Tuesday, February 1, 2011

The Anawim, the Beatitudes, Deacons and Cairo

Last Sunday's readings spoke of the "anawim", the faithful remnant of Israel who in the face of hardship, persecution and powerlessness, turned themselves totally over to God.  It is to the "anawim" that Christ directs the Beatitudes.  Not only are we called to serve the anawim in our own day, but to recognize that we are all called to be anawim -- to give ourselves over completely to God.  The Catechism of the Catholic Church, when preparing to address the beatitudes, speaks directly of "Our Vocation to Beatitude."

Thanks to my friend Deacon Eric Stoltz, a contemporary reflection on the anawim and the beatitudes may be found on his website here.

Given what is going on in Cairo and elsewhere at this very moment, now is a wonderful time for such a reflection, and I thank Eric profoundly for his work.  I would also pose a question for the deacons among us: There are, literally, only a handful of Catholic deacons in Egypt: What do you think they are doing right now?  Let's keep everyone in prayer. . . .


  1. I do not think it wise to indulge in the passions of the moment (no matter how nobly intended) and put the mantle of the beatitudes over a political movement we really don't know much about yet.
    According to one account the leaders of the Coptic Christian Church have asked their people to not get involved for fear a new government might start engaging in ethnic cleansing of Coptic Christians the way Chaldean
    Catholics are being cleansed in Iraq.
    Also,apparently one of the leading groups in the demonstrations has issued a statement saying that after Mubarak goes the next steps are to go to war with Israel and destroy that country. Hardly Beatitude values.

  2. Dear John,

    You may very well be right. Still, I'm curious what our brother deacons are doing right now.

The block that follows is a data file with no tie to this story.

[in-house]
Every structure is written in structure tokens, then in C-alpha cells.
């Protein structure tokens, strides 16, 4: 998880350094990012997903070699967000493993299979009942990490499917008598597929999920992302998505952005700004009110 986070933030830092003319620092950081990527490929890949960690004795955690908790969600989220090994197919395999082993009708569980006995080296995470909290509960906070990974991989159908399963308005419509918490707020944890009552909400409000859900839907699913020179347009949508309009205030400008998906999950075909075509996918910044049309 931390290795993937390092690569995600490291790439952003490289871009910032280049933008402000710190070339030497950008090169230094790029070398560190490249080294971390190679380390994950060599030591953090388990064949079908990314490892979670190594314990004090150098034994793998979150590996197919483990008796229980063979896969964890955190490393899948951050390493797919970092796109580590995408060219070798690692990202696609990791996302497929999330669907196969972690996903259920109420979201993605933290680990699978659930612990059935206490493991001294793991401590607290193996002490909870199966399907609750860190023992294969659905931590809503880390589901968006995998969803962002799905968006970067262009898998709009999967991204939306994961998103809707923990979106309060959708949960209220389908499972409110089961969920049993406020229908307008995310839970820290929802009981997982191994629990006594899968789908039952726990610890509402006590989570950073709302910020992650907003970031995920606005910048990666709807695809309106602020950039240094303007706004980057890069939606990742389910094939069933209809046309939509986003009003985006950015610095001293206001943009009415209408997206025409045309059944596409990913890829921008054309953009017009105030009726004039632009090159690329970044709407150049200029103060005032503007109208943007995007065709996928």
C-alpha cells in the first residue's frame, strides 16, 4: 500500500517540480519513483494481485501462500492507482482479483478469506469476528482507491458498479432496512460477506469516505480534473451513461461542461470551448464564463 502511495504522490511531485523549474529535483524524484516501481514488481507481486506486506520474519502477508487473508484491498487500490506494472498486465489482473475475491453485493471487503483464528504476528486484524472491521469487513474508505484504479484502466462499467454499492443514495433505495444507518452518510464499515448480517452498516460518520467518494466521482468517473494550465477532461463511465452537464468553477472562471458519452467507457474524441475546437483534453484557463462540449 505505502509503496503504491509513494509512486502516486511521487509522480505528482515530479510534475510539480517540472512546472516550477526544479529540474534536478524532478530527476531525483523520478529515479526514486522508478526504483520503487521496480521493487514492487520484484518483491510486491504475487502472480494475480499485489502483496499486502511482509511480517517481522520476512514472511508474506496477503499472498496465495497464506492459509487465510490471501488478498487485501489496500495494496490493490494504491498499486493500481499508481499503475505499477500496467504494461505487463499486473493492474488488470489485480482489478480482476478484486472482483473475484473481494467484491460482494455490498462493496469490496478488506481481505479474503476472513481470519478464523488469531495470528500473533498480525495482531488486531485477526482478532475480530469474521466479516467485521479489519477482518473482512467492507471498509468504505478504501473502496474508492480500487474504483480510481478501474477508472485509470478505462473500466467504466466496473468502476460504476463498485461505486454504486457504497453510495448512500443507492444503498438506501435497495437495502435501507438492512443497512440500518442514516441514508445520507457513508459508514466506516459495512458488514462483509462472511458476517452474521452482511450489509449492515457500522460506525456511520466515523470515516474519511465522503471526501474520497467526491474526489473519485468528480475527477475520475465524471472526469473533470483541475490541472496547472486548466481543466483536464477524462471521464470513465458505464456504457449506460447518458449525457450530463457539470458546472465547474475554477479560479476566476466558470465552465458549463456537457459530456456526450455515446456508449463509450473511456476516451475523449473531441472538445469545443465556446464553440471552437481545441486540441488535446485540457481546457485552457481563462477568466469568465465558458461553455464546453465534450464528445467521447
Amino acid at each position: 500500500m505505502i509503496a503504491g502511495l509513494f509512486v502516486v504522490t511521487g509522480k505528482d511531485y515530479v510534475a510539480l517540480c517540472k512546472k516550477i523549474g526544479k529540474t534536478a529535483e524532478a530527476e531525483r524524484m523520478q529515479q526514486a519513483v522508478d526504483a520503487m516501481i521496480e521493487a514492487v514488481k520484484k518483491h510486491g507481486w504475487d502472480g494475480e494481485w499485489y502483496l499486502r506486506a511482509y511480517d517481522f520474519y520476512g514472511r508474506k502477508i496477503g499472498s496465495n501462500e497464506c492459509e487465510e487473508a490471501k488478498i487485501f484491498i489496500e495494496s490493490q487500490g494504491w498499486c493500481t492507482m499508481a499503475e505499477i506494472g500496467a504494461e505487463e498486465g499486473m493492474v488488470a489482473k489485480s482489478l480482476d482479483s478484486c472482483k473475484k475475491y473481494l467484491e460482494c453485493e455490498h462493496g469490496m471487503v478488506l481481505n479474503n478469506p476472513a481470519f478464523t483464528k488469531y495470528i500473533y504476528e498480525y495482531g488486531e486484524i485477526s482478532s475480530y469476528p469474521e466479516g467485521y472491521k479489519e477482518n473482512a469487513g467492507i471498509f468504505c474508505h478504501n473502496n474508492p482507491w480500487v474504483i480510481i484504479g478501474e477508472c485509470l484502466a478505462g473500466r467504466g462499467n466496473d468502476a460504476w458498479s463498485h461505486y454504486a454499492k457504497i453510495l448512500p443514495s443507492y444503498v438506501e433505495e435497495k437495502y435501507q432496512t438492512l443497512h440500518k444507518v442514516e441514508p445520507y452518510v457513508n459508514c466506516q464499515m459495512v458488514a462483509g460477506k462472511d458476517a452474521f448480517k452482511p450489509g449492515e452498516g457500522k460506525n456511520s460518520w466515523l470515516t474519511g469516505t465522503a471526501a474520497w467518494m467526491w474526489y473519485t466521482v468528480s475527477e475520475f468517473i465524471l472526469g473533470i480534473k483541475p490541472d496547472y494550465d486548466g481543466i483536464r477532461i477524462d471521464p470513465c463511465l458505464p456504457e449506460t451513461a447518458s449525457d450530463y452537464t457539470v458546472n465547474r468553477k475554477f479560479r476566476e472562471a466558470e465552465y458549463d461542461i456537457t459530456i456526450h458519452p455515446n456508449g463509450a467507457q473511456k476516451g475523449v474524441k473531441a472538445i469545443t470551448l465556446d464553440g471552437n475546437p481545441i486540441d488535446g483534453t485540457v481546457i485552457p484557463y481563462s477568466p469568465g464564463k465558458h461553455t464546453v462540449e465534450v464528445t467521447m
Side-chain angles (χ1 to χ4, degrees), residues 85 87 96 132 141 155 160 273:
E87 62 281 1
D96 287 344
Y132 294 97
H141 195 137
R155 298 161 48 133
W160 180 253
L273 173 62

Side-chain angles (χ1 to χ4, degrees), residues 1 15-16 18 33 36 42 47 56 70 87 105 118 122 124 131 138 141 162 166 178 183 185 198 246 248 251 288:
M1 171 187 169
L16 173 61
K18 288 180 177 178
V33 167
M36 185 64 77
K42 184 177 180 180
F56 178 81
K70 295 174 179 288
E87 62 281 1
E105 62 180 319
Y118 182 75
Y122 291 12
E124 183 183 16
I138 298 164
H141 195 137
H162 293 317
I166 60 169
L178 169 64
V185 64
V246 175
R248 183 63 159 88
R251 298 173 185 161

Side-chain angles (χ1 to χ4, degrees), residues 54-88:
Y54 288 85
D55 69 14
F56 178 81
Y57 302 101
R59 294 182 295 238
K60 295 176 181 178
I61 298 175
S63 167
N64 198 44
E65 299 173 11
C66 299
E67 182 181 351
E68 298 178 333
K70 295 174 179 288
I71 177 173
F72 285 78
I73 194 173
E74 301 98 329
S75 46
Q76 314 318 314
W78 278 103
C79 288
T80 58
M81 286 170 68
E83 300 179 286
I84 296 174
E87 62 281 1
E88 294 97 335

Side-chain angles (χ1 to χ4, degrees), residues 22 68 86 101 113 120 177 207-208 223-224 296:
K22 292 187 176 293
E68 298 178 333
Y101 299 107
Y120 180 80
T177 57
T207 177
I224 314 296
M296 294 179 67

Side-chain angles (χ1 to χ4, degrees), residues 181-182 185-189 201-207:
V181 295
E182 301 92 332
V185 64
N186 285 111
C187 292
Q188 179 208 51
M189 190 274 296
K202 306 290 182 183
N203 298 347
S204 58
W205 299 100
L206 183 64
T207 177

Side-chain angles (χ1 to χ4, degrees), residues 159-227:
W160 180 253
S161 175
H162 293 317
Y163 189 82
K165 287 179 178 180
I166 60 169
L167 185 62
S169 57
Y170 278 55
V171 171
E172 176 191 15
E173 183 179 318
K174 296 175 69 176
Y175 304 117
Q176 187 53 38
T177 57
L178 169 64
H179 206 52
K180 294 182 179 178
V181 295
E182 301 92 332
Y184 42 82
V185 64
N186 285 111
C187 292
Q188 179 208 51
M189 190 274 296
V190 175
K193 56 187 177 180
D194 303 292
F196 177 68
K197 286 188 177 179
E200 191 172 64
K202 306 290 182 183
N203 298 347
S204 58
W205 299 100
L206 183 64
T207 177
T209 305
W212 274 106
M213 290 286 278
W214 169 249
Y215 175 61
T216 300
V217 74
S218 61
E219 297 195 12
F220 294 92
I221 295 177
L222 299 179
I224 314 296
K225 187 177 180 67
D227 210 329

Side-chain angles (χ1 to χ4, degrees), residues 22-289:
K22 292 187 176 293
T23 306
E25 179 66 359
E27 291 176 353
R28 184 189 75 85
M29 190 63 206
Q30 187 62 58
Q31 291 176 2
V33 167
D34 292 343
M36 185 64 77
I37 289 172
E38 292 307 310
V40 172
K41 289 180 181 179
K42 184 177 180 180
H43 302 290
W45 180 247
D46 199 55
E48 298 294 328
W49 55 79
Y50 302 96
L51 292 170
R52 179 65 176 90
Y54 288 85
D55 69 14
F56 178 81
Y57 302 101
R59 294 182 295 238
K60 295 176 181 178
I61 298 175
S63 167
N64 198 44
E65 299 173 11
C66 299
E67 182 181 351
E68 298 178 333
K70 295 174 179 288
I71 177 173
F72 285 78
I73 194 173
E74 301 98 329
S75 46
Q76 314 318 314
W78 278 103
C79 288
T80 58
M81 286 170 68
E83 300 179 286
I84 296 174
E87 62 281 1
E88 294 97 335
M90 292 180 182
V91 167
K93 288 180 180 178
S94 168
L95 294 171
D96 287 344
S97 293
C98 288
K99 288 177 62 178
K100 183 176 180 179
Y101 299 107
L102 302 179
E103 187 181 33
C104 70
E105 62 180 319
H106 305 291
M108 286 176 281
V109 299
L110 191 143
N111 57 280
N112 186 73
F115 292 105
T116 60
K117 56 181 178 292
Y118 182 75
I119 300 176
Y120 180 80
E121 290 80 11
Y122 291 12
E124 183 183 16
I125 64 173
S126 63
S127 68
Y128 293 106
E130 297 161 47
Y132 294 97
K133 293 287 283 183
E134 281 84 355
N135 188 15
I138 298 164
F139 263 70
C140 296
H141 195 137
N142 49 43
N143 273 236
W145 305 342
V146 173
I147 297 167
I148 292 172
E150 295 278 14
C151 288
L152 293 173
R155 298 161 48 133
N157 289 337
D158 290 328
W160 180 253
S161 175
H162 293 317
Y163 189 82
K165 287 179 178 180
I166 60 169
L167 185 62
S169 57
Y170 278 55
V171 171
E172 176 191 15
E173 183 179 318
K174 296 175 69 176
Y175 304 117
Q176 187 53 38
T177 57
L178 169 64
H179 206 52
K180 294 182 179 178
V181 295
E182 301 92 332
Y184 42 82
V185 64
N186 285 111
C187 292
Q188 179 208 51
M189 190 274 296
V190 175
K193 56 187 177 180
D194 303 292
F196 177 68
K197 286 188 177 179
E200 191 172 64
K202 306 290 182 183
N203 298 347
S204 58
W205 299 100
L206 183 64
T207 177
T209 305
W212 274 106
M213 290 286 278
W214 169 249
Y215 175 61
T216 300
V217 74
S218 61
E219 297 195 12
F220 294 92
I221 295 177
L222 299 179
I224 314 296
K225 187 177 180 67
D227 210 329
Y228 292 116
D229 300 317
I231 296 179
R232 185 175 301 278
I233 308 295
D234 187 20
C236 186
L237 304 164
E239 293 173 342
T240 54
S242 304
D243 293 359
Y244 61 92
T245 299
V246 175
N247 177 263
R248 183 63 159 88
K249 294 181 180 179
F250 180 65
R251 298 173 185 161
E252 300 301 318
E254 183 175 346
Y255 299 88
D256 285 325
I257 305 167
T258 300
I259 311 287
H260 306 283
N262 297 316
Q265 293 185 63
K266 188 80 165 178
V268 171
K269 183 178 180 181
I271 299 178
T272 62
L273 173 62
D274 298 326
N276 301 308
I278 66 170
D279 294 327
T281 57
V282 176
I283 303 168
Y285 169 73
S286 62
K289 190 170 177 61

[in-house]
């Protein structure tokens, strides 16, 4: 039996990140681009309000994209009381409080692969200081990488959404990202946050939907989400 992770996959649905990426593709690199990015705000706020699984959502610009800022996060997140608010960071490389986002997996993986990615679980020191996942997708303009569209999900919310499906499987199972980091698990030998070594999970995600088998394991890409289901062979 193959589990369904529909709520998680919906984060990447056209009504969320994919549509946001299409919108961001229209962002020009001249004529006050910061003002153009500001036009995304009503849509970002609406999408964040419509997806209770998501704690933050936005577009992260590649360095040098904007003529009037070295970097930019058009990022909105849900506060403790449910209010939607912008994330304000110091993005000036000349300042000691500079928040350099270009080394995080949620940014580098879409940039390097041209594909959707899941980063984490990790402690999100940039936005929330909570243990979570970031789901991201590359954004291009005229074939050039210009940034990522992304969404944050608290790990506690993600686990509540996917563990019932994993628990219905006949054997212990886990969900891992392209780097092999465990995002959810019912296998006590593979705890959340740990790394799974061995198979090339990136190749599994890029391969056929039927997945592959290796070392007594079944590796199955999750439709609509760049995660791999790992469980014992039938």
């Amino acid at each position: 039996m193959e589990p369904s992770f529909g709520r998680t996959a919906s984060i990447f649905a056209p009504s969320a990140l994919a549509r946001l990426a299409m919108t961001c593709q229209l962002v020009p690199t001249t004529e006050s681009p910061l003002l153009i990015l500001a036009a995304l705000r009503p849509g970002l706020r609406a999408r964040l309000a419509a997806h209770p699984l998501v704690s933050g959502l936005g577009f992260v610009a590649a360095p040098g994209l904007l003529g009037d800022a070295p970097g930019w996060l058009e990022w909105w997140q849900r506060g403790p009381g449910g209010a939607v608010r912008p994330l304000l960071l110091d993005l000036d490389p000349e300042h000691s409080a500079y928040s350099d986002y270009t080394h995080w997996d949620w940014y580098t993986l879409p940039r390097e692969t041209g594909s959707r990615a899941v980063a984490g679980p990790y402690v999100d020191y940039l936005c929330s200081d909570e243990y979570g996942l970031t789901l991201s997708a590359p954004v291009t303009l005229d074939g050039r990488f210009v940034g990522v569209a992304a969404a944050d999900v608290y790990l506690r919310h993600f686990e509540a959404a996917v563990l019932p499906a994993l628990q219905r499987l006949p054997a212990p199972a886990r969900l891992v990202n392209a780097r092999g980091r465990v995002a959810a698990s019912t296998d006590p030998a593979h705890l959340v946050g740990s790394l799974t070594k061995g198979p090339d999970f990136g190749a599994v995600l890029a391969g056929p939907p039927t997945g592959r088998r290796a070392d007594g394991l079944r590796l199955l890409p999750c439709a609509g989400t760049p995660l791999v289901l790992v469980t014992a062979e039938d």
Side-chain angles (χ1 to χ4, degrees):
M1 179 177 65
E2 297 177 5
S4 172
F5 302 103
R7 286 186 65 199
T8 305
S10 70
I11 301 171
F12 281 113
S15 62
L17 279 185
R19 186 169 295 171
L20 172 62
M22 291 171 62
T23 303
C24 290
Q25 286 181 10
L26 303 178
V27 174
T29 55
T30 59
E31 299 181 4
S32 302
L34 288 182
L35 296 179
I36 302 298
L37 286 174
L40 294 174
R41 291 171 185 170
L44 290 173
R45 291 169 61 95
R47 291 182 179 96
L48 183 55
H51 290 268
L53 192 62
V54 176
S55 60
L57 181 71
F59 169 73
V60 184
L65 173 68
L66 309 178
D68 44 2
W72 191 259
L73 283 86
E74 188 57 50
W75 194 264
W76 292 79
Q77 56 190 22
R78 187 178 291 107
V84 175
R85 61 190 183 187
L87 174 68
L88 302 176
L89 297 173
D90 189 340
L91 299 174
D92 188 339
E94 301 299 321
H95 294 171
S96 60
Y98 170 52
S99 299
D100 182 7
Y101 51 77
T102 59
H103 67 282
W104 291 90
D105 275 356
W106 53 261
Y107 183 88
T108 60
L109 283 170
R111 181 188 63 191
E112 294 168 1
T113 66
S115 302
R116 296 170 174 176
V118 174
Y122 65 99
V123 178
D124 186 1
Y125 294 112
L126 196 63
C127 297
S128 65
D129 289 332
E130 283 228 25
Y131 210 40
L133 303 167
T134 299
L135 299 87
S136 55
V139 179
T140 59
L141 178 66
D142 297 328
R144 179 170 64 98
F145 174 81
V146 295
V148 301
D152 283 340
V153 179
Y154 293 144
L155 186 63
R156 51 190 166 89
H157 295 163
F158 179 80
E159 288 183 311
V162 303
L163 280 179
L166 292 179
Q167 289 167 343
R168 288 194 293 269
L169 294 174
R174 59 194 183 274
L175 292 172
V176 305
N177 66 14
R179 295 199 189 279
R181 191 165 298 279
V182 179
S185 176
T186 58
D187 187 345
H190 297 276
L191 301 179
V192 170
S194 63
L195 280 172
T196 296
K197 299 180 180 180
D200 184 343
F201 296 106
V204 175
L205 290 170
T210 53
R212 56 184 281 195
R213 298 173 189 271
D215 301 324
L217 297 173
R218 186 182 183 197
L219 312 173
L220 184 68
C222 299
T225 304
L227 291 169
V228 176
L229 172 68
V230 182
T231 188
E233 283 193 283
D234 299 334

3. Bill: I too would find it interesting to read about how any Catholic or Coptic deacons are handling the situation over there.
    What bothers me is the quick jumping to put Christ's mantle over demonstrators that may or may not deserve that mantle--especially considering the violence some demonstrating groups are espousing over there.

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  5. Bill--a Q&A about deacons and exorcisms came up on the Zenit site. The answer was that only priests can do exorcisms (if deputized to do so by a bishop, I presume) But I'm not sure that answer is right.
    I recall that up until recent decades all those on the way to the diaconate or priesthood had to be first installed in the minor orders--such as exorcist.
    Which means one did not need to be a priest or even a deacon to do an exorcism as long as one had received the minor order of exorcist and had the authorization of his bishop.
    Now, of course, neither priests nor deacons are automatically installed in the order of exorcist as part of their journey to ordination.
    It is a currently relevant issue because the No. 1 movie last week was "The Rite" which was about Catholic exorcism--so I anticipate some comments or questions from parishoners.

  6. Dear John,

    Thanks for your question. I think I'm inclining to your position on this. I've read the Zenit response, and I think that he is correct on the first, general, use of exorcism within other rites, such as RCIA.

    I also agree that the current liturgical law restricts the second type of exorcism to priests. However, it would seem to me that this could easily be changed if the church wished. I'm going to look into it a bit further. If I find some good information, I'll post it.

    God bless,